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Shipbreakers scar Bangladesh shoreline

THE LAND along the sea beach in the south-eastern coastal Bangladeshi town of Sitakunda was once covered by trees and greenery.

Now all that can be seen is a vast sandy stretch littered with metal scrap from ships that are being taken apart by hundreds of men and children. In the past three decades, this place, some 30 km to the north-east of the big port of Chittagong, has become one of the world's largest ship-breaking centres. Some 70 to 80 big ships are dismantled every year in 55 separate places along the 29-km long sea shore. But it is also one of the most exploitative working places in the world, rights groups say. Environmental activists say the ship-breaking industry is exposing workers to serious health hazards, besides polluting the coastal ecosystem.

From dawn to dusk, thousands of workers, many of them as young as 10 years old, are said to work in abject conditions. The workers are exposed to physical injury from accidents. Many have died. The entire area is strewn with broken glass, steel spikes, sharp- edged iron sheets and piles of metal scrap. Workers can be seen carrying heavy iron sheets on their shoulders. According to rights groups, at least 18 to 20 workers are injured every day, yet no medical facilities are provided by the employers. Eighteen workers died in two explosions in may and June in an oil tanker they were dismantling. The unofficial death toll was said to be at least 40.

Rights groups allege that the employers hide the bodies of those killed in accidents to avoid paying compensation. In the few cases when compensation was paid, it was a mere $ 200 to 300, they say.

According to some government officials who did not want to be identified, about 400 workers have been killed in accidents at the site in the last 21 years. About 3,000 persons have been injured during this period. Many of the injured workers were seriously disabled, going blind or losing a limb, following explosions on the ships. The injured workers are usually sacked without being given any compensation, rights groups allege. In most cases, the mishaps have been caused by explosions due to gas and oil residues in the ships.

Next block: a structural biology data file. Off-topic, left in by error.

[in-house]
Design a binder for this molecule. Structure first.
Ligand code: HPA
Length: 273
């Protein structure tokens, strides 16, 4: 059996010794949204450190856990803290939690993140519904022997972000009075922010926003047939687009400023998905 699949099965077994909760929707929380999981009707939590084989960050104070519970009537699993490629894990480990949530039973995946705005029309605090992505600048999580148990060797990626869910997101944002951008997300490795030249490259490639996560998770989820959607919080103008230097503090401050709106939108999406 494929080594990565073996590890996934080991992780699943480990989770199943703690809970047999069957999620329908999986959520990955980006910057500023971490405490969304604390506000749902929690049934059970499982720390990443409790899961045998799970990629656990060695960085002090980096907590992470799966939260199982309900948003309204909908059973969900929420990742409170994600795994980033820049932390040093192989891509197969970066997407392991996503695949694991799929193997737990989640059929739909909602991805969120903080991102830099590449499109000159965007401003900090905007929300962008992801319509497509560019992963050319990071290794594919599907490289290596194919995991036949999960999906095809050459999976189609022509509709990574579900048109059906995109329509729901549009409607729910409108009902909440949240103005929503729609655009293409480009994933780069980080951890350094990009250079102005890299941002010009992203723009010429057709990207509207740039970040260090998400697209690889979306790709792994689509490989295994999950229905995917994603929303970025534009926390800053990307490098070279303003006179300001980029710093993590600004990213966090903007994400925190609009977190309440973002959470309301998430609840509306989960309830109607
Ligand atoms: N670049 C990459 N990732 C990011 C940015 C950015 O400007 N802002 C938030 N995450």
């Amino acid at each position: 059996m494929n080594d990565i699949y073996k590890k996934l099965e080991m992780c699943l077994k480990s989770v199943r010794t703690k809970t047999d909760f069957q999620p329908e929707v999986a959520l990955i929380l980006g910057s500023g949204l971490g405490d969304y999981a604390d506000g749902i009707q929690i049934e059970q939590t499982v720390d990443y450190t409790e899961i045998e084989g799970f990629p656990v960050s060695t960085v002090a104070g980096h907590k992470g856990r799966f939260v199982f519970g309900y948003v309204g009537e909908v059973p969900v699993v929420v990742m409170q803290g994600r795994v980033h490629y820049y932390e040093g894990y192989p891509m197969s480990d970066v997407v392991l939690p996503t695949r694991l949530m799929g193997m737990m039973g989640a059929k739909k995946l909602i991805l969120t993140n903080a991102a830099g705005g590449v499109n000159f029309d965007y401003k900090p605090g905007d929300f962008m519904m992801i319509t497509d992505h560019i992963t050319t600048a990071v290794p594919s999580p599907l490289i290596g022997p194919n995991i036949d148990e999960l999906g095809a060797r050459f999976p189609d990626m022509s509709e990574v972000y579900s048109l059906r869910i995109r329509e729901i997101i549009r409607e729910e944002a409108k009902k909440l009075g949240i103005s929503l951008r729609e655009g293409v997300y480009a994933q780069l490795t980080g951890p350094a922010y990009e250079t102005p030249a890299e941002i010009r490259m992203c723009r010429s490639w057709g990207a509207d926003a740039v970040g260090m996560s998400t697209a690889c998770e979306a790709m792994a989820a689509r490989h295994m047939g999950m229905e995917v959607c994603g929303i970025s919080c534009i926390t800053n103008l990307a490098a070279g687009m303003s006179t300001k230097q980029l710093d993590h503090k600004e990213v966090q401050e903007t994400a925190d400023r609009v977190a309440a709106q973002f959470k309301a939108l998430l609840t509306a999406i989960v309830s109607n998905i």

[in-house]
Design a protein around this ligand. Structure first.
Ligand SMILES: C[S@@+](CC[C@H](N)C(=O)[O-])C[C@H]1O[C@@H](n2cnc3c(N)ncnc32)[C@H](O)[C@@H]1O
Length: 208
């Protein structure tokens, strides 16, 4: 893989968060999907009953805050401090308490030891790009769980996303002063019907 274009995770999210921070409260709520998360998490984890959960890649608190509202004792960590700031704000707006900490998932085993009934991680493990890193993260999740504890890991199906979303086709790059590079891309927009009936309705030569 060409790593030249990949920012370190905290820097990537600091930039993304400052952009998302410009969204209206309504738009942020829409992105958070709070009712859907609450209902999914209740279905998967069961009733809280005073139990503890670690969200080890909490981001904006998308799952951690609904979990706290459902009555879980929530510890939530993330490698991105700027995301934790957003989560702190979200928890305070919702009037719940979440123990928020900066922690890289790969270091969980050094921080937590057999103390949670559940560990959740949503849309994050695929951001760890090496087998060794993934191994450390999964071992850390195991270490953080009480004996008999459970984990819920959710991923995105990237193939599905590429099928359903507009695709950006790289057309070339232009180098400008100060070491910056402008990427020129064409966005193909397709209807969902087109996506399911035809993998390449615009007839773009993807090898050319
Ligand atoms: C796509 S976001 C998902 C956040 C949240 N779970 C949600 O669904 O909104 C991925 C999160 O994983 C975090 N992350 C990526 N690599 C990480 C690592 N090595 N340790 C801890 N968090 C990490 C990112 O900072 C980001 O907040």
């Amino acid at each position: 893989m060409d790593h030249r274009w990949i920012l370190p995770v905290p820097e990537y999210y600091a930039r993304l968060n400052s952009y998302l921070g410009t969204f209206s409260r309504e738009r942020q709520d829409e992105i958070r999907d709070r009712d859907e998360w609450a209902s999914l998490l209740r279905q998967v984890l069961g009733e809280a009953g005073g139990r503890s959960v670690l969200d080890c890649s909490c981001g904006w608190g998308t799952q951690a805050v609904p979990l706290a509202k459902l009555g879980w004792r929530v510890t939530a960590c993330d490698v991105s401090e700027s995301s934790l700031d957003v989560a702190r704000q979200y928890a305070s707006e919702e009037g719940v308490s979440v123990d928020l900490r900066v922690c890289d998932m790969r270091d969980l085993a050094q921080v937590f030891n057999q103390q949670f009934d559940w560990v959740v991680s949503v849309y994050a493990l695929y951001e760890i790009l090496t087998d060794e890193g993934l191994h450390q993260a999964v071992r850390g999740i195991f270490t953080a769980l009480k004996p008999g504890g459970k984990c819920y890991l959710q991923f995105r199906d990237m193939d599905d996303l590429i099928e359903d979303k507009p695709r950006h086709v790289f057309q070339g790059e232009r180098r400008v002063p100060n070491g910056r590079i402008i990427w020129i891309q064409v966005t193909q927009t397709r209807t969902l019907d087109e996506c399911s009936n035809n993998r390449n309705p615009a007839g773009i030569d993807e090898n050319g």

Many of the ships are old oil tankers and the blasts are caused when workers attempt to cut open such ships with flame torches. Some of the workers told a team of visiting journalists that they toiled for 10 to 12 hours every day. Adult workers are paid two dollars a day, while children are paid about 60 cents, they said.

The Bangladesh environmental lawyers association (Bela) has served legal notices on the Ministry of Environment and other related government departments for not enforcing basic health and environmental safeguards in Sitakunda. ``The nation has observed with great shock and dismay that the concerned statutory bodies showed negligence, leniency and inaction in fulfilling their legal obligations,'' said a Bela statement.

The international environmental group, Greenpeace has also accused the Bangladeshi government of negligence in protecting ship-breaking industry workers. ``Foreign ship owners and Bangladeshi ship breakers are party to the crime of sacrificing the lives of workers for their personal profits,'' said Greenpeace Activist Mr. Nityanand Jayaraman.

Activists say the export of ships as scrap to Bangladesh without removing hazardous substances, is equal to waste dumping by rich nations in poor nations. Environmental scientist Mr. Yusuf Sharif Ahmed Khan blames the Bangladesh government for not regulating the import of old ships for scrapping. In the 1990s, India, Pakistan and Bangladesh have emerged as the main centres of ship- breaking. The industry generates more than $ 500 million annually in Bangladesh, with the government earning $ 90 million annually in revenue from ship breakers.

``The Government will have to apply the `polluter pays' principle and ensure that ship owners and operators are held financially liable for the safety of the workers,'' said Mr. Khan.


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